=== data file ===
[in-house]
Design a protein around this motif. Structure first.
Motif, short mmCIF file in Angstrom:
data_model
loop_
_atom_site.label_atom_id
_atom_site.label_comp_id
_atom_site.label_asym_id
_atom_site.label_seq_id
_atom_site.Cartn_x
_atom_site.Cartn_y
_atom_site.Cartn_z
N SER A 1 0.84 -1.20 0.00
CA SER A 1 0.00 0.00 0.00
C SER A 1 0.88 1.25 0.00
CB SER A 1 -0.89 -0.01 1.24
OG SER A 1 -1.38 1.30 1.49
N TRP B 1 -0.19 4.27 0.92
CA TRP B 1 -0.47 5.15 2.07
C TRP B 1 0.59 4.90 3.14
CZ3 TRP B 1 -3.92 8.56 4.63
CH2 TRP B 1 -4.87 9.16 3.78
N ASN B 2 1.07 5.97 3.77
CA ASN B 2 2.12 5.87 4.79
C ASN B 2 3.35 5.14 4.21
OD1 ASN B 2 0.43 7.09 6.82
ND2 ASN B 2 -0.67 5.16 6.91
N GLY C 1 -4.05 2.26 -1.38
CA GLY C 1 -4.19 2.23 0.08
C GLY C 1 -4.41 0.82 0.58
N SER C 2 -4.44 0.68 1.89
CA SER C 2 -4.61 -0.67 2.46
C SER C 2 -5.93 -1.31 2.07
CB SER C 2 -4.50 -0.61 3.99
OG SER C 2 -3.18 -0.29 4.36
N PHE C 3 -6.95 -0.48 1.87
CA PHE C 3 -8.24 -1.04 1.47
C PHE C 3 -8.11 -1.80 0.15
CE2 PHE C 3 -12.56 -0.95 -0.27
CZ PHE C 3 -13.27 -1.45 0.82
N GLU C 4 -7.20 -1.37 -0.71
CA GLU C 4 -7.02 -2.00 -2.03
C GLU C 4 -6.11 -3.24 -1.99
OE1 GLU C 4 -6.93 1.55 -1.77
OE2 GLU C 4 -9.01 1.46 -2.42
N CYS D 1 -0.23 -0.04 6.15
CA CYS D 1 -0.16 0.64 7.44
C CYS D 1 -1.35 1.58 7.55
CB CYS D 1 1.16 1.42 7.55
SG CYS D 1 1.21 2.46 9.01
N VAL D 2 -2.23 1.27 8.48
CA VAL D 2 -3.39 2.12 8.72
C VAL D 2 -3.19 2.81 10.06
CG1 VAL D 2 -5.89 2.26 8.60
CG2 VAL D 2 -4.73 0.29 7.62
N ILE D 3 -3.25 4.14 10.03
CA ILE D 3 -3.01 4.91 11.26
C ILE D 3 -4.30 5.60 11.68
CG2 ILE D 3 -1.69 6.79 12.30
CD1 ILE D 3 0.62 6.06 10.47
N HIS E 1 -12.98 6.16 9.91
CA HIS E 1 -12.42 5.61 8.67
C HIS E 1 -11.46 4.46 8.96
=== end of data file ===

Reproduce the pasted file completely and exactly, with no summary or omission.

[in-house]
Design a protein around this motif. Structure first.
Motif, short mmCIF file in Angstrom:
data_model
loop_
_atom_site.label_atom_id
_atom_site.label_comp_id
_atom_site.label_asym_id
_atom_site.label_seq_id
_atom_site.Cartn_x
_atom_site.Cartn_y
_atom_site.Cartn_z
N SER A 1 0.84 -1.20 0.00
CA SER A 1 0.00 0.00 0.00
C SER A 1 0.88 1.25 0.00
CB SER A 1 -0.89 -0.01 1.24
OG SER A 1 -1.38 1.30 1.49
N TRP B 1 -0.19 4.27 0.92
CA TRP B 1 -0.47 5.15 2.07
C TRP B 1 0.59 4.90 3.14
CZ3 TRP B 1 -3.92 8.56 4.63
CH2 TRP B 1 -4.87 9.16 3.78
N ASN B 2 1.07 5.97 3.77
CA ASN B 2 2.12 5.87 4.79
C ASN B 2 3.35 5.14 4.21
OD1 ASN B 2 0.43 7.09 6.82
ND2 ASN B 2 -0.67 5.16 6.91
N GLY C 1 -4.05 2.26 -1.38
CA GLY C 1 -4.19 2.23 0.08
C GLY C 1 -4.41 0.82 0.58
N SER C 2 -4.44 0.68 1.89
CA SER C 2 -4.61 -0.67 2.46
C SER C 2 -5.93 -1.31 2.07
CB SER C 2 -4.50 -0.61 3.99
OG SER C 2 -3.18 -0.29 4.36
N PHE C 3 -6.95 -0.48 1.87
CA PHE C 3 -8.24 -1.04 1.47
C PHE C 3 -8.11 -1.80 0.15
CE2 PHE C 3 -12.56 -0.95 -0.27
CZ PHE C 3 -13.27 -1.45 0.82
N GLU C 4 -7.20 -1.37 -0.71
CA GLU C 4 -7.02 -2.00 -2.03
C GLU C 4 -6.11 -3.24 -1.99
OE1 GLU C 4 -6.93 1.55 -1.77
OE2 GLU C 4 -9.01 1.46 -2.42
N CYS D 1 -0.23 -0.04 6.15
CA CYS D 1 -0.16 0.64 7.44
C CYS D 1 -1.35 1.58 7.55
CB CYS D 1 1.16 1.42 7.55
SG CYS D 1 1.21 2.46 9.01
N VAL D 2 -2.23 1.27 8.48
CA VAL D 2 -3.39 2.12 8.72
C VAL D 2 -3.19 2.81 10.06
CG1 VAL D 2 -5.89 2.26 8.60
CG2 VAL D 2 -4.73 0.29 7.62
N ILE D 3 -3.25 4.14 10.03
CA ILE D 3 -3.01 4.91 11.26
C ILE D 3 -4.30 5.60 11.68
CG2 ILE D 3 -1.69 6.79 12.30
CD1 ILE D 3 0.62 6.06 10.47
N HIS E 1 -12.98 6.16 9.91
CA HIS E 1 -12.42 5.61 8.67
C HIS E 1 -11.46 4.46 8.96